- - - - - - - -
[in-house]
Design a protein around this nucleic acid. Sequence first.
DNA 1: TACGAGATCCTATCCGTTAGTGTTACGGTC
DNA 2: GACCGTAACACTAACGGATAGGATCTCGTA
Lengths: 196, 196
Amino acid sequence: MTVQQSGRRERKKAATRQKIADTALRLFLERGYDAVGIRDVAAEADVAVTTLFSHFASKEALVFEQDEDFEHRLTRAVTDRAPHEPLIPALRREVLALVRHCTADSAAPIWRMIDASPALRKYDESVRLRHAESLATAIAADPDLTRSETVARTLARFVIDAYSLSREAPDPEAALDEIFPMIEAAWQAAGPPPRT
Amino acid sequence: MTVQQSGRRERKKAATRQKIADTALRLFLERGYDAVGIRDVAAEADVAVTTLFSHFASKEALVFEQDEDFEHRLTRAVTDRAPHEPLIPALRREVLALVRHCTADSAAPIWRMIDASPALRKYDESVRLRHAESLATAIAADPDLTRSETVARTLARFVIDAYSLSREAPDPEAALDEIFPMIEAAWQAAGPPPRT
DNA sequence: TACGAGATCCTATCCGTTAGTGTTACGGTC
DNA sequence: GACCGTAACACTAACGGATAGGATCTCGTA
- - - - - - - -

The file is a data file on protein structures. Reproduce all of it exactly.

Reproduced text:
[in-house]
Design a protein around this nucleic acid. Sequence first.
DNA 1: TACGAGATCCTATCCGTTAGTGTTACGGTC
DNA 2: GACCGTAACACTAACGGATAGGATCTCGTA
Lengths: 196, 196
Amino acid sequence: MTVQQSGRRERKKAATRQKIADTALRLFLERGYDAVGIRDVAAEADVAVTTLFSHFASKEALVFEQDEDFEHRLTRAVTDRAPHEPLIPALRREVLALVRHCTADSAAPIWRMIDASPALRKYDESVRLRHAESLATAIAADPDLTRSETVARTLARFVIDAYSLSREAPDPEAALDEIFPMIEAAWQAAGPPPRT
Amino acid sequence: MTVQQSGRRERKKAATRQKIADTALRLFLERGYDAVGIRDVAAEADVAVTTLFSHFASKEALVFEQDEDFEHRLTRAVTDRAPHEPLIPALRREVLALVRHCTADSAAPIWRMIDASPALRKYDESVRLRHAESLATAIAADPDLTRSETVARTLARFVIDAYSLSREAPDPEAALDEIFPMIEAAWQAAGPPPRT
DNA sequence: TACGAGATCCTATCCGTTAGTGTTACGGTC
DNA sequence: GACCGTAACACTAACGGATAGGATCTCGTA